: Cell communication processes share common features that reflect a shared
: Cells communicate with each other through direct contact with other cells or
from a distance via chemical signaling.
Essential knowledge 3.D.3
: Signal transduction pathways link signal reception with cellular response.
Essential knowledge 3.D.4
Changes in signal transduction pathways can alter cellular response.
Enduring understanding 3.E
Transmission of information resultsin changes within and between
Essential knowledge 3.E.1
: Individuals can act on
communicate it to others.
Essential knowledge 3.E.2
: Animals have nervous systems
that detect external and internal signals,
integrate information, and produce responses.
Big Idea 4: Biological systems interact, and these systems and
possess complex properties.
Enduring understanding 4.A
: Interactions within biological systems lead to complex properties.
Essential knowledge 4.A.1:
The subcomponents of biological molecules and their sequence determine the
properties of that molecule.
Essential knowledge 4.A.2
: The structure and function of subcellular components, and their interactions,
provide essential cellular processes.
Essential knowledge 4.A.3
: Interactions between external stimuli and regulated gen
e expression result in
specialization of cells, tissues and organs.
Essential knowledge 4.A.4
: Organisms exhibit complex properties due to interactions between their
Essential knowledge 4.A.5
: Communities are composed of populations of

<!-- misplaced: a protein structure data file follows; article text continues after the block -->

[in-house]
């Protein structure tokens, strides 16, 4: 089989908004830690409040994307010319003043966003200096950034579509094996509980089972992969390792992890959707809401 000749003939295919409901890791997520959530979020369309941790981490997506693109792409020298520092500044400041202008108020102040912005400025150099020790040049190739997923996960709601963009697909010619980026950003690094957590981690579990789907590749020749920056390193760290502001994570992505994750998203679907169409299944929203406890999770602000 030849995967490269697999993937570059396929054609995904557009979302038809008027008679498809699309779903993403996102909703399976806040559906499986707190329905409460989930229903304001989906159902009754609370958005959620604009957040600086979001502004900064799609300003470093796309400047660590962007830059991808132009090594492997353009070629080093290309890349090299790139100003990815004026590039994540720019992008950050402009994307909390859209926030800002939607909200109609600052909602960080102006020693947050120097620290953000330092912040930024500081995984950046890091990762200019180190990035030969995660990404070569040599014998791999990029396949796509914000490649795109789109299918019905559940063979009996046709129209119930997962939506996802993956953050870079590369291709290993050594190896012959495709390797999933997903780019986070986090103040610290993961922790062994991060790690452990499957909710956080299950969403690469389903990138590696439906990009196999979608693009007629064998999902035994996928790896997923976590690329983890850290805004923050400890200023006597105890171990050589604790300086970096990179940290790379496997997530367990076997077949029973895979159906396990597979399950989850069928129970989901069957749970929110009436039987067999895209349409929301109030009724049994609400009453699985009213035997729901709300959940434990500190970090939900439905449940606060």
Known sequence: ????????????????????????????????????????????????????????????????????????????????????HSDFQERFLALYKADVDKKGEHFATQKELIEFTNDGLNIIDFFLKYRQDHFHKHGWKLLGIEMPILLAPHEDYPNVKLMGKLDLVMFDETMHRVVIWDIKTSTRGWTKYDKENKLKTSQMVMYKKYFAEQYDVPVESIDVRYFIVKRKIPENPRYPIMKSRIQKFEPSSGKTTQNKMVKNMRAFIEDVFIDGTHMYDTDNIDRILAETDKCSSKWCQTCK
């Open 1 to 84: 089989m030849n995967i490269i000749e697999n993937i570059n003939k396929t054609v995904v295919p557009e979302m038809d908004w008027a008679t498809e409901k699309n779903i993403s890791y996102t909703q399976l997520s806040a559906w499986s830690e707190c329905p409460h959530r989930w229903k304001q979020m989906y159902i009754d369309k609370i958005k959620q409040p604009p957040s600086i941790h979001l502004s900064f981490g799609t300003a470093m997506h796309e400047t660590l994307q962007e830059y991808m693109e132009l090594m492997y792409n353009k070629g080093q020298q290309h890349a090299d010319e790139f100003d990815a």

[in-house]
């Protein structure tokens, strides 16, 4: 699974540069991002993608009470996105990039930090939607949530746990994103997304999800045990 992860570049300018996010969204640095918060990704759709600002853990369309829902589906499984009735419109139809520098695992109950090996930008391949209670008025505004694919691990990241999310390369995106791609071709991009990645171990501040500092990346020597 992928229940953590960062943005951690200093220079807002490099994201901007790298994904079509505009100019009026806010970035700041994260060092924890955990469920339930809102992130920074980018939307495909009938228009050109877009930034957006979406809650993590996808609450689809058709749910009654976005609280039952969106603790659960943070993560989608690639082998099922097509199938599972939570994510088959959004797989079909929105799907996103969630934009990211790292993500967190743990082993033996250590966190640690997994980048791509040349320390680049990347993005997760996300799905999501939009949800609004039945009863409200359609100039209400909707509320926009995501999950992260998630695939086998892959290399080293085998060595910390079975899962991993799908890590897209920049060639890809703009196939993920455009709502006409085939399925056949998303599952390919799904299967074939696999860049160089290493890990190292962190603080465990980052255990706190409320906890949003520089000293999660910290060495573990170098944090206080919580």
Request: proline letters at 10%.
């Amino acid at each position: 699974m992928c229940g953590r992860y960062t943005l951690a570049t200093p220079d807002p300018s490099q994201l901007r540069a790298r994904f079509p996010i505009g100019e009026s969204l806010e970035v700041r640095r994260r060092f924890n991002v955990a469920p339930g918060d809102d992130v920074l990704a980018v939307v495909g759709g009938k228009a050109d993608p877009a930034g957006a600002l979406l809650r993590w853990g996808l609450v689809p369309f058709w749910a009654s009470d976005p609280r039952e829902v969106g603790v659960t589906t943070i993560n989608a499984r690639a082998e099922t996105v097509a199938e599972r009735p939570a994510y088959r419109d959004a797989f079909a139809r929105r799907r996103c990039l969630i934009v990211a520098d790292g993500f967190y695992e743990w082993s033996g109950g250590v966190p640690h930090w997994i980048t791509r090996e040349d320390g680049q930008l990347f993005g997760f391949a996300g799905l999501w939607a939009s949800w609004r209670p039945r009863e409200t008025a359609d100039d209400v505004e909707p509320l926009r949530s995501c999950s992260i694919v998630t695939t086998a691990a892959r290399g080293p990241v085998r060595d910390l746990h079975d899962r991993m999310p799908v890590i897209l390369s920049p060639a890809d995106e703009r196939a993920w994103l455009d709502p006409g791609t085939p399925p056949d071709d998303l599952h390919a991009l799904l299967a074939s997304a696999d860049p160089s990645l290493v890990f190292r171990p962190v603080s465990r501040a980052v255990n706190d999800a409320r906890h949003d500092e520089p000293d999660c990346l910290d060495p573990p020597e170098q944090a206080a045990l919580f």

organisms that interact in
Essential knowledge 4.A.6
: Interactions among living systems and with their environment result in the
movement of matter and energy.
Enduring understanding 4.B
: Competition and cooperation are important aspects o
f biological systems.
Essential knowledge 4.B.1
: Interactions between molecules affect their structure and function.
Essential knowledge 4.B.2
: Cooperative interactions within organisms promote efficiency in the use of
energy and matter.
: Interactions between and within populations influence patterns of species
distribution and abundance.
Essential knowledge 4.B.4
: Distribution of local and global ecosystems changes over time.
Enduring understanding 4.C
: Naturally occurring di
versity among and between components within biologica
systems affects interactions with the environment.
Essential knowledge 4.C.1
: Variation in molecular units provides cells with a wider range of functions.
Essential knowledge 4.C.2
factors influence the expression of the genotype in an
Essential knowledge 4.C.3
: The level of variation in a population affects population dynamics.
Essential knowledge 4.C.4
: The diversity of species within an ecosystem may influence the stab
ility of the